I work with a group of teachers and around 90 students in what can be described as a project-based program (though it really is much more than that). Now, as we finish our second year together it seems like the right time to suggest and propose a digital portfolio template for our students – one that will serve as an effective and malleable amplification of our students’ work and of their learning.
I propose a four-page portfolio that follows the acronym, SOAR. I also propose that each student’s portfolio be linked from our Mosaic website. Any website platform will work fine – no need to mandate one over another.
Here’s a brief description of the four pages. You can click here to look more closely at an example that I’ve created.
S :: Splash Page
This is the page that greets visitors to your portfolio. The purpose of this page is to answer this question:
What are you doing and learning?
Utilize any form of media … from text to video to scrolling marquee to help clearly communicate your answers to the above question.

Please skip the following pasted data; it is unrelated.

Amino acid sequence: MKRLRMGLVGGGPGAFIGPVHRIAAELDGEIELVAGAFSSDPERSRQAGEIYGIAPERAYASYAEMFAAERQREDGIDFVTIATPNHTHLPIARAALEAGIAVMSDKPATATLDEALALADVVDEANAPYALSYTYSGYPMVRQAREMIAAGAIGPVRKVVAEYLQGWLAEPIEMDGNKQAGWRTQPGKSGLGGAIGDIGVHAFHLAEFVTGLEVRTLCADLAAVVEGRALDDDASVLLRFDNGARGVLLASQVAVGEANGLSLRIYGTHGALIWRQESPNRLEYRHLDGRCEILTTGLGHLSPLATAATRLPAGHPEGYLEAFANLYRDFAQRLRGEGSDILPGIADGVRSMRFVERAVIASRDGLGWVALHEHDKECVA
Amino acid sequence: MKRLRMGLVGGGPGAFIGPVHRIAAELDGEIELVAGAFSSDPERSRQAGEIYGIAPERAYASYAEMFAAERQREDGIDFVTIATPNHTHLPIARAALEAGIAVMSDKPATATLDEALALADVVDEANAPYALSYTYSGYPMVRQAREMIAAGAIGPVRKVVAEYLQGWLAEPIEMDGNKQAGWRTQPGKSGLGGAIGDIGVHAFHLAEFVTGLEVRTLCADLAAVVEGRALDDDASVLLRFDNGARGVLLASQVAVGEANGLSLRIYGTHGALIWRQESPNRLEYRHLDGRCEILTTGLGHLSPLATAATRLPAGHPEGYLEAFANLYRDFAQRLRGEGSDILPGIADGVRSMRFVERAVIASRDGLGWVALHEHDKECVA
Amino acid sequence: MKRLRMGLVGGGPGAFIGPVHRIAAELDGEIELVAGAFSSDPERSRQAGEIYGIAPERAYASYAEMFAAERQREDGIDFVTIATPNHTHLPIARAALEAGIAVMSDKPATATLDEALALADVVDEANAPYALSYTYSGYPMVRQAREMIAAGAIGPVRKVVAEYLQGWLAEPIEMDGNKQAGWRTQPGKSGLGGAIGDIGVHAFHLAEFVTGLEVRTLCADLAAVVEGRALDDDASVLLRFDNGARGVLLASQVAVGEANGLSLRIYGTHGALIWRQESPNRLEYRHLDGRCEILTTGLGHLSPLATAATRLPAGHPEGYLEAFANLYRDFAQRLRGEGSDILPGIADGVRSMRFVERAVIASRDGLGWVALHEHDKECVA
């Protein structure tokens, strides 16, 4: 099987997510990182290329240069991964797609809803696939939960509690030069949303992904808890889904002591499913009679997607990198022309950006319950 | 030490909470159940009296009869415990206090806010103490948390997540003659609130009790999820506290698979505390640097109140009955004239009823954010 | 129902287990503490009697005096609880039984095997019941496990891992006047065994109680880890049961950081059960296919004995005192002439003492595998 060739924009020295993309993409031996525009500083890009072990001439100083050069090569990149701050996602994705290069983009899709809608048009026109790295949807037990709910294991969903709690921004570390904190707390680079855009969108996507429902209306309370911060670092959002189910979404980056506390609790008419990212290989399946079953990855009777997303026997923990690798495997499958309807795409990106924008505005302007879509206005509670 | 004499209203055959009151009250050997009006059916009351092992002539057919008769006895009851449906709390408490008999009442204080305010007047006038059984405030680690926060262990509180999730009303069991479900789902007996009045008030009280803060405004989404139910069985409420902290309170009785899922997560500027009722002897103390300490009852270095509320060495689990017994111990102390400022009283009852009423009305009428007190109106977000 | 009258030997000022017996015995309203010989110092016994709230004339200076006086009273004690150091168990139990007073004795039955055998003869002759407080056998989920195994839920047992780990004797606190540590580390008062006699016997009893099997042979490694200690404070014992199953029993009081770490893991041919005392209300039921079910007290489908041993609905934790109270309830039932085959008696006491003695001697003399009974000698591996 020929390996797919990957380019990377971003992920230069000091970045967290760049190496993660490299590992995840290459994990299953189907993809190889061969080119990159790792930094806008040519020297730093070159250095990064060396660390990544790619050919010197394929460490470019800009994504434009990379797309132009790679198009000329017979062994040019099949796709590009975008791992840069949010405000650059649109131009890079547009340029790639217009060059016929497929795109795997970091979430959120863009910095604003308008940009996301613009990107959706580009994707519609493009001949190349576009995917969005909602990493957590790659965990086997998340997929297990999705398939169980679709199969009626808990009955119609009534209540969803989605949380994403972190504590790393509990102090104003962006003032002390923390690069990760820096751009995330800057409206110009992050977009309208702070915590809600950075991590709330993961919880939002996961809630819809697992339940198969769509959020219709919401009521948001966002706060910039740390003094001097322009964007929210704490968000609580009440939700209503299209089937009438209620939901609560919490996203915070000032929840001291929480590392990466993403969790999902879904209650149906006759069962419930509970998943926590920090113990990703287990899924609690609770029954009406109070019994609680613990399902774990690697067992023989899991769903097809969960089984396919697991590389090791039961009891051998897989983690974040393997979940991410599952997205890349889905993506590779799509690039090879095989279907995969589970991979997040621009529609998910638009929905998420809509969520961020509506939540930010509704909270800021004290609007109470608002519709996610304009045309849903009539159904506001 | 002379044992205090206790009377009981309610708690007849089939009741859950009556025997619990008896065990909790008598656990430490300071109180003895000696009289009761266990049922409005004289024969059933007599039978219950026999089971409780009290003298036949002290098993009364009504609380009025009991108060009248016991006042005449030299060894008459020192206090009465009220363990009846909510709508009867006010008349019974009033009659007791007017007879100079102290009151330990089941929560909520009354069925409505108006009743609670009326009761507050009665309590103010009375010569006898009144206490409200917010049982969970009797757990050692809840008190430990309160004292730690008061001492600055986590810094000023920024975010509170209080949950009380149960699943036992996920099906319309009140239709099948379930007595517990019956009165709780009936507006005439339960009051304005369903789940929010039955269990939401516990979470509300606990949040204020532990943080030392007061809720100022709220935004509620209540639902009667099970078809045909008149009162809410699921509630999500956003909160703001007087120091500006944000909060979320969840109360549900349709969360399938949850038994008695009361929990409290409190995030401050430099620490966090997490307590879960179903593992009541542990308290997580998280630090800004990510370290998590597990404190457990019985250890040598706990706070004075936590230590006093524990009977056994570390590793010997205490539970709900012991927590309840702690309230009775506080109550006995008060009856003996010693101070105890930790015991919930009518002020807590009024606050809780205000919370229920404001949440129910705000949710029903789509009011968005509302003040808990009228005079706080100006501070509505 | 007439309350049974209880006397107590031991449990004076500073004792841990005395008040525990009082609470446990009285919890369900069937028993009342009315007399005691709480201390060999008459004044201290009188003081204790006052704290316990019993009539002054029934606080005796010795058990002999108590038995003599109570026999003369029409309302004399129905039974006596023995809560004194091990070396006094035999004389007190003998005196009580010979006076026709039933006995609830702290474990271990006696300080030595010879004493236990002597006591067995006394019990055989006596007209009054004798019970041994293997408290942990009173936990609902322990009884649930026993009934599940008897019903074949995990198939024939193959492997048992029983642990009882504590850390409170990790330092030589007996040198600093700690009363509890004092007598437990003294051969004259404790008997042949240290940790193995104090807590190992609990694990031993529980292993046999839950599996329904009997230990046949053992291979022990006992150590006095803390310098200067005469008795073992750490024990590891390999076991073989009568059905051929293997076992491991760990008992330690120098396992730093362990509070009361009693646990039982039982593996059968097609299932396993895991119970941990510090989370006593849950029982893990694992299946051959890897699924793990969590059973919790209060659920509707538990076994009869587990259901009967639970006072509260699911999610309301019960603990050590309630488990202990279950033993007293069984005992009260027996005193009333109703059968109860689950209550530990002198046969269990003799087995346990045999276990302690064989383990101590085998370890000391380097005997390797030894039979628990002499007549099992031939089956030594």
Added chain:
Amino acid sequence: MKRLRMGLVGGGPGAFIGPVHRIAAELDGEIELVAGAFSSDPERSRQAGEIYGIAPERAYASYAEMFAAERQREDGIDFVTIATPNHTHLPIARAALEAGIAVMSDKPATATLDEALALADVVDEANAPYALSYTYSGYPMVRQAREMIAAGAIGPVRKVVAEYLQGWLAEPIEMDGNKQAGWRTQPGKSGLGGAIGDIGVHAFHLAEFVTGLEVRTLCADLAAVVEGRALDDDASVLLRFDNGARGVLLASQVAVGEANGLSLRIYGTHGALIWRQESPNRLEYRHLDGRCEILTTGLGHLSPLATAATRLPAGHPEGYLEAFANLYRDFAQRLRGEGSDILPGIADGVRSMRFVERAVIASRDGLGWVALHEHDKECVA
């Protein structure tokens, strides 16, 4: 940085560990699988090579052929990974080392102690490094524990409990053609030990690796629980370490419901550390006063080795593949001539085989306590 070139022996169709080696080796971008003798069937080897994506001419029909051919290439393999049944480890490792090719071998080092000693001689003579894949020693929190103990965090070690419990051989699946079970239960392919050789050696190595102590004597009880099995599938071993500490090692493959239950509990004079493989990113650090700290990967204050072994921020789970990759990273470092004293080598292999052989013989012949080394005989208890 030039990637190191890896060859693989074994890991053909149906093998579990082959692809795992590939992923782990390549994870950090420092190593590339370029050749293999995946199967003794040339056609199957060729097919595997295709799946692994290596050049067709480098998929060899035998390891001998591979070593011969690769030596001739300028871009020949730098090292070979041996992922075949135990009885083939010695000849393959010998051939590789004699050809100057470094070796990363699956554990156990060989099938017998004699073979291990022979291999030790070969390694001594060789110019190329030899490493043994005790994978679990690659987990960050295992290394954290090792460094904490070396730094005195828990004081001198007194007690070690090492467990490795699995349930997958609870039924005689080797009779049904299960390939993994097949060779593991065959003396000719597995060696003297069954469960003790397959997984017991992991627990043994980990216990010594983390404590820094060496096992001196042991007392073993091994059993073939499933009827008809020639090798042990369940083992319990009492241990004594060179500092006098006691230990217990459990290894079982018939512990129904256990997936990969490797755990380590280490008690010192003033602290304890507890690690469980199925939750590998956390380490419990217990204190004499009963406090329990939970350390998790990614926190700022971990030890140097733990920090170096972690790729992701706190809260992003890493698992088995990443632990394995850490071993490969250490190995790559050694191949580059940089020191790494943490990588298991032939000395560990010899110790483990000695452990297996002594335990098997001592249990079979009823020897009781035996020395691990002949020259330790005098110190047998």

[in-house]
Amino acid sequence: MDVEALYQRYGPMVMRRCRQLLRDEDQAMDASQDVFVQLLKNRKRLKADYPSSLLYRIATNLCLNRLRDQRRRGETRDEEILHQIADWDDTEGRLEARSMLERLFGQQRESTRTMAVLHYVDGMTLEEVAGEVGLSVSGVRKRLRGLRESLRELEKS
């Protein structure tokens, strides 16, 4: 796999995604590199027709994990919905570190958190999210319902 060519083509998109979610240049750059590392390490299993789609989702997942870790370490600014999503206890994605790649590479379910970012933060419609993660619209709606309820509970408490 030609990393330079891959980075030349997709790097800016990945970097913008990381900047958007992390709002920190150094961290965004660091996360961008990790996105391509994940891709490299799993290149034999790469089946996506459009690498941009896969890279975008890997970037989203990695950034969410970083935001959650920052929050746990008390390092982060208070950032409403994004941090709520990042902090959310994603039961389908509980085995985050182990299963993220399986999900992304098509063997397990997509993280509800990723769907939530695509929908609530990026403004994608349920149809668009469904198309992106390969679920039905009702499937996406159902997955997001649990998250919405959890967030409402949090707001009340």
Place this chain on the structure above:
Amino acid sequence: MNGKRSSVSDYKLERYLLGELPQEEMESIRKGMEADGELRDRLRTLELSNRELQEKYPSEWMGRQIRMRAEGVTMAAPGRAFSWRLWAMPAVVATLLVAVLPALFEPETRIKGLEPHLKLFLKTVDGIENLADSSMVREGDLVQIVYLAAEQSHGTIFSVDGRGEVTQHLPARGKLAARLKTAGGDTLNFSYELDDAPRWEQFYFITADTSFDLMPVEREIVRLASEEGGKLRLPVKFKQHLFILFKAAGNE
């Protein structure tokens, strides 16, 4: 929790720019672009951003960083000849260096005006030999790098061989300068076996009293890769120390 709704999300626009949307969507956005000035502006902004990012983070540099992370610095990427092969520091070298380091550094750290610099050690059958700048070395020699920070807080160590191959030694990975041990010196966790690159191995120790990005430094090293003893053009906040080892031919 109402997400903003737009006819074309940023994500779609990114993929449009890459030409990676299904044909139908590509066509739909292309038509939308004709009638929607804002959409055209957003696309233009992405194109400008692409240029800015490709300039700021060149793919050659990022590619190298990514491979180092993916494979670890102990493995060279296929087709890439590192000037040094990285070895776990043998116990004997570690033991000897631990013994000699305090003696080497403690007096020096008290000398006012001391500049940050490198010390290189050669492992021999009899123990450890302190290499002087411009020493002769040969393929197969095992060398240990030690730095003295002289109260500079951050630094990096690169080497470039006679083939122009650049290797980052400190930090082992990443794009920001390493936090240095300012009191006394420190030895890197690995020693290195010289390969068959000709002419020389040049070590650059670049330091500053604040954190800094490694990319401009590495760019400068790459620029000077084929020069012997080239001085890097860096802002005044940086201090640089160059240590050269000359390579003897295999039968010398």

O :: On Display
Think about how you want to display your work. What have you made that should be displayed to your visitors. A video? An image? A piece of writing? An animation? A game you programmed? This page is analogous to a museum display. What do you want to show at your museum (portfolio)?
A :: Archives
This page may not win any design awards, but it will require you to review all of your research and the information that you have collected and no doubt organized into Google docs and folders. Type and hyperlink text to link to a particular document or folder. For example:
Click here to access the MEMA folder. (hyperlinked)
This page is important because it makes it easy to view and access your material.
R :: Reflection
This page should be a blog template – one that will allow you to submit reflections of your work, curiosity and questions. A blog format will display your posts and include dates and categories. In short, this page will communicate your thinking.
I think a portfolio similar in purpose and design to the one described in this post is an option that will encourage metacognition via intense reflection. Though in reference to Mosaic students, I think this idea should be considered for all students regardless of their high school pathways and post-graduation plans.
It’s too powerful to ignore any longer.